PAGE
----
"I had forgotten that," answered Lambert, "but it's a capital idea. Just fancy a party of Turks in full headgear squatted upon a lawn--perfect tulip bed! Ha! ha! Capital idea!"

"There," groaned Ludwig to himself, "he's been telling Lambert something wonderful about tulips--I knew it!"

"The fact is," continued Lambert, "you can conjure up quite a human picture of a tulip bed in bloom, especially when it is nodding and bobbing in the wind. Did you ever notice it?"

"Not I. It strikes me, Van Mounen, that you Hollanders are prodigiously fond of the flower to this day."

"Certainly. You can't have a garden without them; prettiest flower that grows, I think. My uncle has a magnificent bed of the finest varieties at his summer house on the other side of Amsterdam."

"I thought your uncle lived in the city?"

"So he does; but his summer house, or pavilion, is a few miles off. He has another one built out over the river. We passed near it when we entered the city. Everybody in Amsterdam has a pavilion somewhere, if he can."

"Do they ever live there?" asked Ben.

"Bless you, no! They are small affairs, suitable only to spend a few hours in on summer afternoons. There are some beautiful ones on the southern end of the Haarlem Lake--now that they've commenced to drain it into polders, it will spoil THAT fun. By the way, we've passed some red-roofed ones since we left home. You noticed them, I suppose, with their little bridges and ponds and gardens, and their mottoes over the doorway."

Ben nodded.

"They make but little show, now," continued Lambert, "but in warm weather they are delightful. After the willows sprout, uncle goes to his summer house every afternoon. He dozes and smokes; aunt knits, with her feet perched upon a foot stove, never mind how hot the day; my cousin Rika and the other girls fish in the lake from the windows or chat with their friends rowing by; and the youngsters tumble about or hang upon the little bridges over the ditch. Then they have coffee and cakes, beside a great bunch of water lilies on the table. It's very fine, I can tell you; only (between ourselves), though I was born here, I shall never fancy the odor of stagnant water that hangs about most of the summer houses. Nearly every one you see is built over a ditch. Probably I feel it more, from having lived so long in England."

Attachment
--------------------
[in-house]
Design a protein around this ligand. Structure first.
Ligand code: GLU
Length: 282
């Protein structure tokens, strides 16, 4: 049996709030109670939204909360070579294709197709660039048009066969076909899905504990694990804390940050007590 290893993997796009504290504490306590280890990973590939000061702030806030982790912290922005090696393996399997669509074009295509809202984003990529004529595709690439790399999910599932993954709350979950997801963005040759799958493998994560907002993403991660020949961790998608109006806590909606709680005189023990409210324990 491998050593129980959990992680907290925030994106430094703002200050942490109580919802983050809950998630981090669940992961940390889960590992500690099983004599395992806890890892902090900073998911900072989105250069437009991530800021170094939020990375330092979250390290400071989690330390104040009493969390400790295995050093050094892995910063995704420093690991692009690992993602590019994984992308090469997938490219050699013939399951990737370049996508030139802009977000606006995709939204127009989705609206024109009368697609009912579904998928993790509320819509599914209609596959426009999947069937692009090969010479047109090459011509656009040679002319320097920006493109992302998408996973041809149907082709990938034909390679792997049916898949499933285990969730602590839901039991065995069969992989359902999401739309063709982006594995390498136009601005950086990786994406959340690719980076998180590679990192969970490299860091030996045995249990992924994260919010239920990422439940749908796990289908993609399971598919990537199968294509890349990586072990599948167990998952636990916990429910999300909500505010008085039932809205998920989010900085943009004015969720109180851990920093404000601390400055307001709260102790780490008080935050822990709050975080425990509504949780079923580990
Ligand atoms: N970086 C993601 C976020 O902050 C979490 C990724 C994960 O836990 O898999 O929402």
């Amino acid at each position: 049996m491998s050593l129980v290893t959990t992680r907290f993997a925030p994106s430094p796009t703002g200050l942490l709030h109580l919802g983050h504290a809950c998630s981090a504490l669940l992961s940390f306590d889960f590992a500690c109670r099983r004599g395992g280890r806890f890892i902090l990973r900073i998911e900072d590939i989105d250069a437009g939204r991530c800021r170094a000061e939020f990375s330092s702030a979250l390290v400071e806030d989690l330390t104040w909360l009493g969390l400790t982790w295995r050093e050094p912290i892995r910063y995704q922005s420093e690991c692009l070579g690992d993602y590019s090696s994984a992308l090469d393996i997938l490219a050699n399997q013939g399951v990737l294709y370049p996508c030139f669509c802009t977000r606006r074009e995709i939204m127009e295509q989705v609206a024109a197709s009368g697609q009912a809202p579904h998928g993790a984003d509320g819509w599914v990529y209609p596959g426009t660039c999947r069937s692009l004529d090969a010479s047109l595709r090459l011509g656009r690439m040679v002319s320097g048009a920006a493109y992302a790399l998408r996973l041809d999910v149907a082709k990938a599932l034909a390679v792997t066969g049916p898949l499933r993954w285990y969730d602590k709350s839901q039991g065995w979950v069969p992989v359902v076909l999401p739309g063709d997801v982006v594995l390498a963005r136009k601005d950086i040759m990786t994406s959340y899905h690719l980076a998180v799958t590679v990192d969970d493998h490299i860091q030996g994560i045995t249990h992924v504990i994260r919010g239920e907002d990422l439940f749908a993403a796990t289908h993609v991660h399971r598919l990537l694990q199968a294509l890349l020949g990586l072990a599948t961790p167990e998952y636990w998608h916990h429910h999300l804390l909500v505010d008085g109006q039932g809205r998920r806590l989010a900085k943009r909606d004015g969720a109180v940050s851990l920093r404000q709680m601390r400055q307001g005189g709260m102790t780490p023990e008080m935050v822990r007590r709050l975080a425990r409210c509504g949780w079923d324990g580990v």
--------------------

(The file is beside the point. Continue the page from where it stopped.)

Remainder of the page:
"Perhaps I shall notice it too," said Ben, "if a thaw comes. The early winter has covered up the fragrant waters for my benefit--much obliged to it. Holland without this glorious skating wouldn't be the same thing at all."

"How very different you are from the Poots!" exclaimed Lambert, who had been listening in a sort of brown study. "And yet you are cousins--I cannot understand it."

"We ARE cousins, or rather we have always considered ourselves such, but the relationship is not very close. Our grandmothers were half-sisters. MY side of the family is entirely English, while he is entirely Dutch. Old Great-grandfather Poot married twice, you see, and I am a descendant of his English wife. I like Jacob, though, better than half of my English cousins put together. He is the truest-hearted, best-natured boy I ever knew. Strange as you may think it, my father became accidentally acquainted with Jacob's father while on a business visit to Rotterdam. They soon talked over their relationship--in French, by the way--and they have corresponded in the language ever since. Queer things come about in this world. My sister Jenny would open her eyes at some of Aunt Poot's ways. Aunt is a thorough lady, but so different from mother--and the house, too, and furniture, and way of living, everything is different."